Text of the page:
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SA building regulations inadequate

25 Aug 2014

South Africa needs a wake-up call with regards to the policing of its building standards for residential housing.

The industry faces cost-cutting measures which include weak concrete and mortar mixes, lack of sufficient steel reinforcement in foundations, slabs and walls and a failure to use trained and properly supervised labour for house building and roof construction.

This is according to John Graham, CEO of HouseCheck, who was speaking in the wake of the collapse of a double storey house in Alberton, which killed seven people.

He says South Africa’s building regulations are among the finest in the world, but enforcement of these regulations is abysmal. Compounding the problem is the dearth of proper on-site supervision and the concomitant collapse of the apprentice training system.

Graham says coming in the wake of the recent Tongaat Mall collapse, this latest building failure clearly demonstrates how dangerous shoddy building practice really is. He says concrete slabs and roof structures are heavy and yet they are often erected by untrained labour without adequate design and supervision.

Graham lists the major issues facing the residential building industry:

  • There is a lack of careful foundation design, which should take into account a proper analysis of the soil on which the home is being built. He says most populated areas of South Africa have soil problems.
     
  • The industry faces cost-cutting measures which include weak concrete and mortar mixes, lack of sufficient steel reinforcement in foundations, slabs and walls and a failure to use trained and properly supervised labour for house building and roof construction.
     
  • South Africa has a weak and ineffective building inspectorate. Graham points out that there is currently no national accredited training for building inspectors. He says the training and qualifications of many municipal inspectors is lacking; the NHBRC is stretched and does not provide adequate policing of building works and the private home inspection industry has so far struggled to obtain recognition and support from the government, banks and real estate industry.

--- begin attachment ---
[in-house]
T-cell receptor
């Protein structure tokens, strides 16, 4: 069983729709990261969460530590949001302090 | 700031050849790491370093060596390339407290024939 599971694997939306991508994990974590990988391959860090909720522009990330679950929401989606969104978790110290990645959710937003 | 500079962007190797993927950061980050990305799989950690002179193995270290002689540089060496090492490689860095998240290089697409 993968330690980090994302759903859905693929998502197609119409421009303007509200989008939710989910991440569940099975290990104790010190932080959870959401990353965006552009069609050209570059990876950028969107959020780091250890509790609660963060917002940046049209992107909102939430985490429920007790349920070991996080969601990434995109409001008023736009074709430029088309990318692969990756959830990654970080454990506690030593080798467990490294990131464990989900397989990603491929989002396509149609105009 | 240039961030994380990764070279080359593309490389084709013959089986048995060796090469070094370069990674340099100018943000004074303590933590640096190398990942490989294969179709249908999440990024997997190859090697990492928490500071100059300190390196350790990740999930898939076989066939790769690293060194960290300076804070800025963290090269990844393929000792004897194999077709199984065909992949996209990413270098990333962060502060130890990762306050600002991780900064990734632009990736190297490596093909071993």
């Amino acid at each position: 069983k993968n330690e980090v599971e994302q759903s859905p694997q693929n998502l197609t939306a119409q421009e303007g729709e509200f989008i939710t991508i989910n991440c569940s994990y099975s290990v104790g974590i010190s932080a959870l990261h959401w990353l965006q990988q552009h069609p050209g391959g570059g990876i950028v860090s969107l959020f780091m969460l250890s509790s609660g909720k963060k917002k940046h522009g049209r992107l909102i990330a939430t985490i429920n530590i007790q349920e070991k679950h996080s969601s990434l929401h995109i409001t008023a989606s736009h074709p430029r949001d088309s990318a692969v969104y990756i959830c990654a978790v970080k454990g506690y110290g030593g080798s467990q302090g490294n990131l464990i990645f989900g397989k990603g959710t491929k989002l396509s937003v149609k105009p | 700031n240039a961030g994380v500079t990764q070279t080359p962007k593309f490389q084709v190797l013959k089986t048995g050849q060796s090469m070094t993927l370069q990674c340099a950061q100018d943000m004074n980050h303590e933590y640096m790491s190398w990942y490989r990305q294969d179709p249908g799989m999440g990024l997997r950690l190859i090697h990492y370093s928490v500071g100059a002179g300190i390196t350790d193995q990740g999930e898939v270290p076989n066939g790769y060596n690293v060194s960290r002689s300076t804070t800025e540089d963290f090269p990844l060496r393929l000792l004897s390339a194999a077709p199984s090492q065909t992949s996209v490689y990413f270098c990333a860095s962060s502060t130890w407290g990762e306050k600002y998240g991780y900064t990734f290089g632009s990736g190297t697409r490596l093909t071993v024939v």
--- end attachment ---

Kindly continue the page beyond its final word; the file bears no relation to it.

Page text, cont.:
Graham calls for a national indaba between the public and private sector to get its act together regarding the policing and enforcement of the national building regulations and the building practice manuals of the NHBRC.

He says the home inspection industry for new and existing housing is large, well-trained and properly regulated in most developed countries but not so in South Africa.

“In an effort to address this problem, HouseCheck has written and made available online the SAHITA home inspection training course. This course is specially developed to address South African building conditions and regulations.” Graham says SAHITA has been in discussion with government agencies such as the EAAB, NHBRC, Department of Human Settlements and the Department of Higher Education for several years in its efforts to establish a properly accredited home inspection training programme. So far these efforts have not been fruitful, he says.

“Perhaps the latest building tragedy and a growing recognition of the huge job creation potential of a regulated and trained building inspection industry may finally spur the government and industry stakeholders on to cooperate and join hands in addressing the problem.”

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